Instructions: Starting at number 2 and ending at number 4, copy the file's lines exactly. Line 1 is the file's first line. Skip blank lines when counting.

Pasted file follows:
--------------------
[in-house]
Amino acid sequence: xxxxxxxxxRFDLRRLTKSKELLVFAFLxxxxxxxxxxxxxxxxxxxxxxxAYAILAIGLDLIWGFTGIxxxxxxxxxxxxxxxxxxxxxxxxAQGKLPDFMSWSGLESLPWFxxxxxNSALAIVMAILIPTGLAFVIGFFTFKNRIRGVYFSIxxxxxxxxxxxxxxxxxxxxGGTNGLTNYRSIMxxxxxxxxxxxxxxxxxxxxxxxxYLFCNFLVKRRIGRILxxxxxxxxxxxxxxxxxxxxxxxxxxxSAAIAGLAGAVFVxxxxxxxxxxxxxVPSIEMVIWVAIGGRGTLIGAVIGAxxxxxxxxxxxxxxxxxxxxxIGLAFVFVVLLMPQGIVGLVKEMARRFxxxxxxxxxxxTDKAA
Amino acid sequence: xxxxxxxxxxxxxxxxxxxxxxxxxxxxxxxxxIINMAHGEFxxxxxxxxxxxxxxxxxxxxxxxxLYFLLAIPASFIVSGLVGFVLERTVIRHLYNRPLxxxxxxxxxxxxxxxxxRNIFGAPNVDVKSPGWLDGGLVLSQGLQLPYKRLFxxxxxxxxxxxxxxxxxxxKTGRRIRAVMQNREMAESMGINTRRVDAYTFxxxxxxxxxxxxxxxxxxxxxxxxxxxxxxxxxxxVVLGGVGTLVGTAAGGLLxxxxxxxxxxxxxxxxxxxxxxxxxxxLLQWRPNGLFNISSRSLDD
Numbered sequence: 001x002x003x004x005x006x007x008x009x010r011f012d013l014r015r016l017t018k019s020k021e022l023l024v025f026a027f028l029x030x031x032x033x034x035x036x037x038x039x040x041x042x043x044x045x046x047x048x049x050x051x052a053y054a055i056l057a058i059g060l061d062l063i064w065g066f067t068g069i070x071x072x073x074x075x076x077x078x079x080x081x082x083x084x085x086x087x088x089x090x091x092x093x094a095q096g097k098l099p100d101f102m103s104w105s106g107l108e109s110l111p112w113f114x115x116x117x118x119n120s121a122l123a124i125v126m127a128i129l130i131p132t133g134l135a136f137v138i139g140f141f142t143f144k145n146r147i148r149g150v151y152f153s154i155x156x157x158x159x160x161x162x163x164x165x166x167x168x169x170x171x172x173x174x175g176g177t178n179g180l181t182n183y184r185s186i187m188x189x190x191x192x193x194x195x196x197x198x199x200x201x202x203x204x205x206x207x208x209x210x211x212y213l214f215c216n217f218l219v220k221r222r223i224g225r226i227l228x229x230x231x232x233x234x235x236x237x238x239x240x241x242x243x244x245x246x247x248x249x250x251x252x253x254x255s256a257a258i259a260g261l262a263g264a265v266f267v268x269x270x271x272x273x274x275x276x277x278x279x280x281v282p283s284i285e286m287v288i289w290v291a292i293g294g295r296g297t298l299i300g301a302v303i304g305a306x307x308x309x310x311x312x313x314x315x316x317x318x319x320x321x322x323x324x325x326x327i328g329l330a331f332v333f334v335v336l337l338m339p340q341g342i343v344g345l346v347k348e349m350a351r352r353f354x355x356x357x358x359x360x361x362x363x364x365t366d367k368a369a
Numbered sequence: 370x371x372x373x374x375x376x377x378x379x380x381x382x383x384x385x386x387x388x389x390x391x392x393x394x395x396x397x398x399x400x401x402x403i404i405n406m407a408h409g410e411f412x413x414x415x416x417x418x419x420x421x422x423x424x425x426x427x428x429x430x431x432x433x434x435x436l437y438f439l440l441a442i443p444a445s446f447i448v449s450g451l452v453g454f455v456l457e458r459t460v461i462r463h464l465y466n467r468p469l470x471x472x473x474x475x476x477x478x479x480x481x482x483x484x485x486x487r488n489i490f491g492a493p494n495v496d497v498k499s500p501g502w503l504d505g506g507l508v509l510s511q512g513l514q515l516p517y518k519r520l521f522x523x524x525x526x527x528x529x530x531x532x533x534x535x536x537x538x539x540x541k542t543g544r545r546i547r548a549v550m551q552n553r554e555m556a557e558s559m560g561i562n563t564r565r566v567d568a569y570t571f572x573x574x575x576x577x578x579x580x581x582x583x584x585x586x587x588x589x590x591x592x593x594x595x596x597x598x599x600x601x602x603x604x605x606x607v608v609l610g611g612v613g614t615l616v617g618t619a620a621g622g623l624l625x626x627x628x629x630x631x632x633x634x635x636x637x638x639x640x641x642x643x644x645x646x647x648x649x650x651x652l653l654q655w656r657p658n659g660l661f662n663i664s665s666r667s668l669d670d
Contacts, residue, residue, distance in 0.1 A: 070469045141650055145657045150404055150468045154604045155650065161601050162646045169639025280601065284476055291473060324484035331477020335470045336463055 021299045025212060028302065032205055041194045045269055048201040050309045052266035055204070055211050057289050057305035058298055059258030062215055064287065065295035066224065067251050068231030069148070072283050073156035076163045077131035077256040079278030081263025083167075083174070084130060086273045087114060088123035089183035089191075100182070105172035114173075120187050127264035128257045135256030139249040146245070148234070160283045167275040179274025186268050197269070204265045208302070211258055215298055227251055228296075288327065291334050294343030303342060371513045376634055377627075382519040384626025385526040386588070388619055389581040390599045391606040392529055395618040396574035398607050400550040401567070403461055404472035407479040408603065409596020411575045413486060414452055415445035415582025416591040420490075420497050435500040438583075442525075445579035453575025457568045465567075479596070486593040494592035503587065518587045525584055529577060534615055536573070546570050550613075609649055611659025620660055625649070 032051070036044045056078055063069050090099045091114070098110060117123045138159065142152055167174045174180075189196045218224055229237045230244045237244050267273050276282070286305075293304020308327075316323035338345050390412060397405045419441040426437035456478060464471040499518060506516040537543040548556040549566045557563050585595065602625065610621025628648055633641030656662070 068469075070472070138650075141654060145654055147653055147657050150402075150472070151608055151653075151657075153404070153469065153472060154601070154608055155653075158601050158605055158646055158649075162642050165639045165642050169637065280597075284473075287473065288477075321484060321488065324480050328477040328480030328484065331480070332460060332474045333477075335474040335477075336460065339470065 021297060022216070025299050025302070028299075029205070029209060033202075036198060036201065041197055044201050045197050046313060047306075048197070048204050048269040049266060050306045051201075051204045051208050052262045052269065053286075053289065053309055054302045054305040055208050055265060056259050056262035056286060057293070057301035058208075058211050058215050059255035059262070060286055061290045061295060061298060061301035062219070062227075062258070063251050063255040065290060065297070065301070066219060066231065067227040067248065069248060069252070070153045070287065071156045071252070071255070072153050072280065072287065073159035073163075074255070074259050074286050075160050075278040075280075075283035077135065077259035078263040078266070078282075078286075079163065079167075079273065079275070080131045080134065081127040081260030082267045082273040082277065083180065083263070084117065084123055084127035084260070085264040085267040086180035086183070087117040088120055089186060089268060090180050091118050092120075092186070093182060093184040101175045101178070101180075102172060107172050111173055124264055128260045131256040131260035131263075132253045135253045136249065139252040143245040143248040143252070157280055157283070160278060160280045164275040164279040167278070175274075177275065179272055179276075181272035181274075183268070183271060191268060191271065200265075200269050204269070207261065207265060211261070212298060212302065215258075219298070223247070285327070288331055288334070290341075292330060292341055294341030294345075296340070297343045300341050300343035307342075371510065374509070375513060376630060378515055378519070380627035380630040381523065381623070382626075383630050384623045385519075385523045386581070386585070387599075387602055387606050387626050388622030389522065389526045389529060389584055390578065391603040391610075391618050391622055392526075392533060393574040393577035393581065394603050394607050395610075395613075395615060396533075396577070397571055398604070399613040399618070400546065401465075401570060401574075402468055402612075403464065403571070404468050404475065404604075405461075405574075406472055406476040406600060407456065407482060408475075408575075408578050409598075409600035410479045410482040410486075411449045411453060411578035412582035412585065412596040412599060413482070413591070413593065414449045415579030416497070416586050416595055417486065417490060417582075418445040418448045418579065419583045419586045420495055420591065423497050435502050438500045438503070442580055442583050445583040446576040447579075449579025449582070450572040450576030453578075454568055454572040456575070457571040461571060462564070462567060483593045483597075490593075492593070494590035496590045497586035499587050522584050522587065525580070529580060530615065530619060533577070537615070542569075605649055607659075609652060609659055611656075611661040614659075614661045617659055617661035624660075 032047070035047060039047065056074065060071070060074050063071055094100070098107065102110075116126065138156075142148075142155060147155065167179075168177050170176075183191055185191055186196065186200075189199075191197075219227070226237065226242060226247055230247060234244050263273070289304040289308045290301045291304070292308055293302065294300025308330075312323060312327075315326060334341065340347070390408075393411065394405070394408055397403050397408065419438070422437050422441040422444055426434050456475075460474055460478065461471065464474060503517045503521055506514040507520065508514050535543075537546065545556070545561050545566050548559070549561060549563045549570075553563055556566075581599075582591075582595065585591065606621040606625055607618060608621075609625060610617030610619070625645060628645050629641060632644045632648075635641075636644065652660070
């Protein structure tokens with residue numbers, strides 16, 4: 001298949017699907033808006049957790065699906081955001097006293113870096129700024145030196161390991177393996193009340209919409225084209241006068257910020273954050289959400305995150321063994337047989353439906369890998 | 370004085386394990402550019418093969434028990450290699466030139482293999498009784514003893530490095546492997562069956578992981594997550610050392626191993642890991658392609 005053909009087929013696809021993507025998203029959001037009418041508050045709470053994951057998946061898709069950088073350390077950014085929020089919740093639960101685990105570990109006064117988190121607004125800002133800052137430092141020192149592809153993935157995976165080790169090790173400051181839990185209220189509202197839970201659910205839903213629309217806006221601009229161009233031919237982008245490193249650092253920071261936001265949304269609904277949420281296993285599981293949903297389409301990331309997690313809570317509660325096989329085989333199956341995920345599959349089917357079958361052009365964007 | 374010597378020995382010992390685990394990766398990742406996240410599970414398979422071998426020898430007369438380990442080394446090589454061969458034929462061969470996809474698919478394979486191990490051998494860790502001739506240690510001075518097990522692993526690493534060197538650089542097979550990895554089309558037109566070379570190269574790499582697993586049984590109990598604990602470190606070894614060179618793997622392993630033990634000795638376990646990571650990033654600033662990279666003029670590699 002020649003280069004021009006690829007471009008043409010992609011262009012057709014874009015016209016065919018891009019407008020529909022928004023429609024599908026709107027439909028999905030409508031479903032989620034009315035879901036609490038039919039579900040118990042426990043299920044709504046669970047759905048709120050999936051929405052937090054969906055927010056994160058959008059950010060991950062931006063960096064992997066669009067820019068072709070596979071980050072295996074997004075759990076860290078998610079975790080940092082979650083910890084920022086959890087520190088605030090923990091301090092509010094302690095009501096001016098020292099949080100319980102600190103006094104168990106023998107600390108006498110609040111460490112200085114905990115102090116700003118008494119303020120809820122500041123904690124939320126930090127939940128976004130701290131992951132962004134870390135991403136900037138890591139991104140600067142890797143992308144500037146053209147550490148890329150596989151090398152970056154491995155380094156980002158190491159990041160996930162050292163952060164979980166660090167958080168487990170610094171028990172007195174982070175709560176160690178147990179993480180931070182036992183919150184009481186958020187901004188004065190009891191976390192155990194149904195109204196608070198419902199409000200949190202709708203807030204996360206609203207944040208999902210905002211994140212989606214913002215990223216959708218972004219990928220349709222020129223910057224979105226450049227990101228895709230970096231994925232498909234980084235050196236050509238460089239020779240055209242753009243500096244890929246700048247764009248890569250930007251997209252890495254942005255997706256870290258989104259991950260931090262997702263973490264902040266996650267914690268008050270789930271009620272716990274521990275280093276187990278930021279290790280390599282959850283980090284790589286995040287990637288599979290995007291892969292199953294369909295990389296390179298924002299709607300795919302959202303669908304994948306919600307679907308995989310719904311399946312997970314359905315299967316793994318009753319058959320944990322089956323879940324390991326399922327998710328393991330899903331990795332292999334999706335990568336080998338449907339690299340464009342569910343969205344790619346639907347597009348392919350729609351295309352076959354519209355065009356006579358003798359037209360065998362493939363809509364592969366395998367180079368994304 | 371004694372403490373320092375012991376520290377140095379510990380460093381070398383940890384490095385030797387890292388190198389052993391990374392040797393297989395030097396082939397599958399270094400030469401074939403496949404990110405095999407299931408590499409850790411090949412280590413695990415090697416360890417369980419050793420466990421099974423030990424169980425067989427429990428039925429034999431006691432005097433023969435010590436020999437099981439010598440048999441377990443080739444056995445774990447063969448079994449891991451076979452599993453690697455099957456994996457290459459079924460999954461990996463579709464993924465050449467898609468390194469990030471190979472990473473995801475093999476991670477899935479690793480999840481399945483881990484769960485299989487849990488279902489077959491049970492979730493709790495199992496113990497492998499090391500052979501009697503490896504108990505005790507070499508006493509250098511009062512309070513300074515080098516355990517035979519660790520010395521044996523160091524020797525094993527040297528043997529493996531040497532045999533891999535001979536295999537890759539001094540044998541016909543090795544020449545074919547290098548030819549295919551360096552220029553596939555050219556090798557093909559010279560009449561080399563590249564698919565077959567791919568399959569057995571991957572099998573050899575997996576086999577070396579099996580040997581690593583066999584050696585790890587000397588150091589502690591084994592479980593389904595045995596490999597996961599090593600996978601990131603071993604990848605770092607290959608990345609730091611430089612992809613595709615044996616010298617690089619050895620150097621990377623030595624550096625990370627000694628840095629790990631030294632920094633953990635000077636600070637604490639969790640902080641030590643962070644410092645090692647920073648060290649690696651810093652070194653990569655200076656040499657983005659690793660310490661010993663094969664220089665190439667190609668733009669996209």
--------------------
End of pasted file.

Amino acid sequence: xxxxxxxxxRFDLRRLTKSKELLVFAFLxxxxxxxxxxxxxxxxxxxxxxxAYAILAIGLDLIWGFTGIxxxxxxxxxxxxxxxxxxxxxxxxAQGKLPDFMSWSGLESLPWFxxxxxNSALAIVMAILIPTGLAFVIGFFTFKNRIRGVYFSIxxxxxxxxxxxxxxxxxxxxGGTNGLTNYRSIMxxxxxxxxxxxxxxxxxxxxxxxxYLFCNFLVKRRIGRILxxxxxxxxxxxxxxxxxxxxxxxxxxxSAAIAGLAGAVFVxxxxxxxxxxxxxVPSIEMVIWVAIGGRGTLIGAVIGAxxxxxxxxxxxxxxxxxxxxxIGLAFVFVVLLMPQGIVGLVKEMARRFxxxxxxxxxxxTDKAA
Amino acid sequence: xxxxxxxxxxxxxxxxxxxxxxxxxxxxxxxxxIINMAHGEFxxxxxxxxxxxxxxxxxxxxxxxxLYFLLAIPASFIVSGLVGFVLERTVIRHLYNRPLxxxxxxxxxxxxxxxxxRNIFGAPNVDVKSPGWLDGGLVLSQGLQLPYKRLFxxxxxxxxxxxxxxxxxxxKTGRRIRAVMQNREMAESMGINTRRVDAYTFxxxxxxxxxxxxxxxxxxxxxxxxxxxxxxxxxxxVVLGGVGTLVGTAAGGLLxxxxxxxxxxxxxxxxxxxxxxxxxxxLLQWRPNGLFNISSRSLDD
Numbered sequence: 001x002x003x004x005x006x007x008x009x010r011f012d013l014r015r016l017t018k019s020k021e022l023l024v025f026a027f028l029x030x031x032x033x034x035x036x037x038x039x040x041x042x043x044x045x046x047x048x049x050x051x052a053y054a055i056l057a058i059g060l061d062l063i064w065g066f067t068g069i070x071x072x073x074x075x076x077x078x079x080x081x082x083x084x085x086x087x088x089x090x091x092x093x094a095q096g097k098l099p100d101f102m103s104w105s106g107l108e109s110l111p112w113f114x115x116x117x118x119n120s121a122l123a124i125v126m127a128i129l130i131p132t133g134l135a136f137v138i139g140f141f142t143f144k145n146r147i148r149g150v151y152f153s154i155x156x157x158x159x160x161x162x163x164x165x166x167x168x169x170x171x172x173x174x175g176g177t178n179g180l181t182n183y184r185s186i187m188x189x190x191x192x193x194x195x196x197x198x199x200x201x202x203x204x205x206x207x208x209x210x211x212y213l214f215c216n217f218l219v220k221r222r223i224g225r226i227l228x229x230x231x232x233x234x235x236x237x238x239x240x241x242x243x244x245x246x247x248x249x250x251x252x253x254x255s256a257a258i259a260g261l262a263g264a265v266f267v268x269x270x271x272x273x274x275x276x277x278x279x280x281v282p283s284i285e286m287v288i289w290v291a292i293g294g295r296g297t298l299i300g301a302v303i304g305a306x307x308x309x310x311x312x313x314x315x316x317x318x319x320x321x322x323x324x325x326x327i328g329l330a331f332v333f334v335v336l337l338m339p340q341g342i343v344g345l346v347k348e349m350a351r352r353f354x355x356x357x358x359x360x361x362x363x364x365t366d367k368a369a